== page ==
Its platform on its website stresses democracy, jobs, social welfare and economic progress, goals the Islamists' critics say Ennahda has failed to reach. It makes no mention of Islam.
 
Essebsi's new role was clear to see on Monday when Tunis newspapers ran a photograph showing him receiving a stiffly smiling Ghannouchi at his hotel in Paris.
 
The picture was published alongside articles reporting that Ennahda, which until then had refused to consider their demands, was now ready to meet its critics without preconditions.
 
Parties defending the former officials have also formed wider tactical anti-Islamist “fronts” with left-wingers who struggled against Ben Ali.
 
Jilani Hamammi of the Workers Party, the former underground communist party, saw no problem working with “remnants” in a broad anti-Ennahda “Salvation Front”.
 
“We are ready to work with anyone who can stop this religious dictatorship,” he said.
 
The RCD was dissolved after Ben Ali was ousted in 2011 and the leading parties of the ex-officials, such as Essebsi's Nida Tounes (Call of Tunisia) or Morjane's Initiative, sprang up. Ennahda was banned under Ben Ali and legalized after he fell.
 
Proud of his past
 
In another come-back twist, Hamed Karoui, Ben Ali's prime minister from 1989 to 1999, was recently called in by President Moncef Marzouki to hear his views on solving the crisis.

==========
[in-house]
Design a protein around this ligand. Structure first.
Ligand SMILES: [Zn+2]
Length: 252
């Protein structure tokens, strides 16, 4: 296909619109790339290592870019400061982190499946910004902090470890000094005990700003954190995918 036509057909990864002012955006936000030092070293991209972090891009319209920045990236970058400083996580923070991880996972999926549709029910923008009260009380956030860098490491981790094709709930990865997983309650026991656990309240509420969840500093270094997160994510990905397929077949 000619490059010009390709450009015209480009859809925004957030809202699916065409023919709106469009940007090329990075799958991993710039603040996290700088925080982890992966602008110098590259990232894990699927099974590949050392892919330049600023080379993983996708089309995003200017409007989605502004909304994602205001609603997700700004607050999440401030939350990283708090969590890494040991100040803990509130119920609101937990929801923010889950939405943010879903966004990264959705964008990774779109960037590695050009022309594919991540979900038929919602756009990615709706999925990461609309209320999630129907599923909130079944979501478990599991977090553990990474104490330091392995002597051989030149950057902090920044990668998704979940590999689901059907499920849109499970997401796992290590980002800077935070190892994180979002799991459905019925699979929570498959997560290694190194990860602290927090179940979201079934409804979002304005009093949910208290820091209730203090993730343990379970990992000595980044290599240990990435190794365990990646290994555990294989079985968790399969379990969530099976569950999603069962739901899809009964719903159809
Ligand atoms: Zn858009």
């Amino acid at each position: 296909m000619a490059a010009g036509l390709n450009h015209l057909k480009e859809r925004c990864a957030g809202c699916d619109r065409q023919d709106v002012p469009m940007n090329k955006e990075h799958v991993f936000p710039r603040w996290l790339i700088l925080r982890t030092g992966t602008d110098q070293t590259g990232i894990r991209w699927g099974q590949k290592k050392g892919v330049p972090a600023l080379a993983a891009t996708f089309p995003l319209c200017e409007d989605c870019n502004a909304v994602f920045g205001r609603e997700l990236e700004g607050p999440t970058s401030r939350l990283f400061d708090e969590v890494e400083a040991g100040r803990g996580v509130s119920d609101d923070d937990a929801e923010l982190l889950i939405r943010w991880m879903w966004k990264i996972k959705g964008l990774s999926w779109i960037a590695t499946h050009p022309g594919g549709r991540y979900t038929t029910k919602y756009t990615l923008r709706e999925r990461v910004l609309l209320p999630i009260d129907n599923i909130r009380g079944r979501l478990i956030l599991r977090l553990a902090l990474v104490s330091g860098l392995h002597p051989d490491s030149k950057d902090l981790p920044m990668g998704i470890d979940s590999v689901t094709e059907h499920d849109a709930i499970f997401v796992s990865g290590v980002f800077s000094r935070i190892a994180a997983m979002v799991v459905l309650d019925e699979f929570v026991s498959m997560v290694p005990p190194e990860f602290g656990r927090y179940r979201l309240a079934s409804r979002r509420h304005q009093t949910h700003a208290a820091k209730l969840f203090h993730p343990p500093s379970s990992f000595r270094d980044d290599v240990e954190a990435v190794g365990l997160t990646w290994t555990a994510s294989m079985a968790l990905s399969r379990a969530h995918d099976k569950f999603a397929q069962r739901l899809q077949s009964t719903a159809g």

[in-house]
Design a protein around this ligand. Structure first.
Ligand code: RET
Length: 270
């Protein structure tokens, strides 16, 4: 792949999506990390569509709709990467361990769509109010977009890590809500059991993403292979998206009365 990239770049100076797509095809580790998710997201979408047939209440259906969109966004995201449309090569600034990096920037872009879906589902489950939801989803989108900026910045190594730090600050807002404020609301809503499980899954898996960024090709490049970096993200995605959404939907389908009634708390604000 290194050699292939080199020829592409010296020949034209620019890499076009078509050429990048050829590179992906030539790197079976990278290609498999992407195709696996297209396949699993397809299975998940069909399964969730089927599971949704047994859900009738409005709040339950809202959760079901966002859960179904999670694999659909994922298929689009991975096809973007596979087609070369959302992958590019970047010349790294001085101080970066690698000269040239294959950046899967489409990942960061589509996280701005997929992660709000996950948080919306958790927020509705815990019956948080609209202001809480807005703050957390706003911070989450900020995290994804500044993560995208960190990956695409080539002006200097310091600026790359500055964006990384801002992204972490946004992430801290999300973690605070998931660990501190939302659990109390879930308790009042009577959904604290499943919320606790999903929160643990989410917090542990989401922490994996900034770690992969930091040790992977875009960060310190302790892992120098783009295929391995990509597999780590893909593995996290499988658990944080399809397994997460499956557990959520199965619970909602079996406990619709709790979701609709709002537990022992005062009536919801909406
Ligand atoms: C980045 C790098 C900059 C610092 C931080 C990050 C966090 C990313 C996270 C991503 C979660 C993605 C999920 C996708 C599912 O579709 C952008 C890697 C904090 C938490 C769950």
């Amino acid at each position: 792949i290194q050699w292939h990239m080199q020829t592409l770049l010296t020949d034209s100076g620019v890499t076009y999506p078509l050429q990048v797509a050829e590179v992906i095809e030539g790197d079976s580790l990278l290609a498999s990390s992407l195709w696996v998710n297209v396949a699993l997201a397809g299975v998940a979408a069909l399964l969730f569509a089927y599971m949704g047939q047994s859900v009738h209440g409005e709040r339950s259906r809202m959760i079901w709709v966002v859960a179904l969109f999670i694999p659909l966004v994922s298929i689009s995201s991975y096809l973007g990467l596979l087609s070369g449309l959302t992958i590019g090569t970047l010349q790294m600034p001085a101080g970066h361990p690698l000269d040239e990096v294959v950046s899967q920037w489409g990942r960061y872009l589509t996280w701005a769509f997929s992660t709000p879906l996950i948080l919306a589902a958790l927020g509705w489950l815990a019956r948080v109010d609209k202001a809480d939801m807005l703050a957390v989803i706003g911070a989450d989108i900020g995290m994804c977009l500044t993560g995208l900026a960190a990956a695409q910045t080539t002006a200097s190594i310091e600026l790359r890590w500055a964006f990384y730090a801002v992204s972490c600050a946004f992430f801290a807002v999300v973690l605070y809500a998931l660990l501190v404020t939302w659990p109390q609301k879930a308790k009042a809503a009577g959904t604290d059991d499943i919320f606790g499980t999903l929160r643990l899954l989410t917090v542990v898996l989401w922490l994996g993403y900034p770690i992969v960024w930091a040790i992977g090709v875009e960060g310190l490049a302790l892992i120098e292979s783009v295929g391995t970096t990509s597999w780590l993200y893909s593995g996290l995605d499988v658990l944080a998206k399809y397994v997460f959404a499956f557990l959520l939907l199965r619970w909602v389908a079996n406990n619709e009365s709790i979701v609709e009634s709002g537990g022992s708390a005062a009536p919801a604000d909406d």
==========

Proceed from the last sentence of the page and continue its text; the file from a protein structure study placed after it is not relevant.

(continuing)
Karoui has been contacting fellow “Destourians”, followers of the secular moderniser Habib Bourguiba, who led Tunisia to independence from France in 1956 and ruled until 1987.
 
Mohamed Jegham, head of the Al Watan (The Nation) party and one of many “remnants” in it, made no apologies for his past.
 
“I worked with Ben Ali for 13 of the 23 years he was in power. I am proud of the contribution I made to the construction of this country,” said Jegham, who was defense and foreign minister in the 1990s and briefly commerce minister in 2011.
 
Noting the development of infrastructure, industry and education before 2011, he asked: “Who did all this? It was us.”
 
Jegham, whose party has linked up with others in the Destourian Front, said the anti-Islamists learned an important  lesson in 2011. “There were about 125 parties running in that election and they split the vote. We cannot continue like that.”

You May Like

Nigeria Incumbent in Tight Spot as Poll Nears

Muhammadu Buhari is running a strong challenge to Goodluck Jonathan, amid a faltering economy and Boko Haram security worries More

Video Liberia's Almost Last Ebola Patient Grateful but Still Grieving

Beatrice Yardolo tells VOA that despite her fame, life is still a struggle as she waits for government's promise of support to arrive More

Video Cambodian Land Grabs Threaten Traditional Communities

At least seven different indigenous groups in Ratanakiri depend mainly on forest products for their survival, say they face loss of their land, traditional way of life More

Featured Videos

Your JavaScript is turned off or you have an old version of Adobe's Flash Player. Get the latest Flash player.
Liberia's Almost Last Ebola Patient Grateful but Still Grievingi
X
Benno Muchler
March 26, 2015 3:41 PM
Beatrice Yardolo was to make history as Liberia’s last Ebola patient. Liberians recently started counting down 42 days, the period that has to go by without a single new infection until the World Health Organization can declare a country Ebola-free. That countdown stopped on March 20 when there was another new case of Ebola, making Yardolo’s story a reminder that Ebola is far from over. Benno Muchler reports from Monrovia.
Video

Video Liberia's Almost Last Ebola Patient Grateful but Still Grieving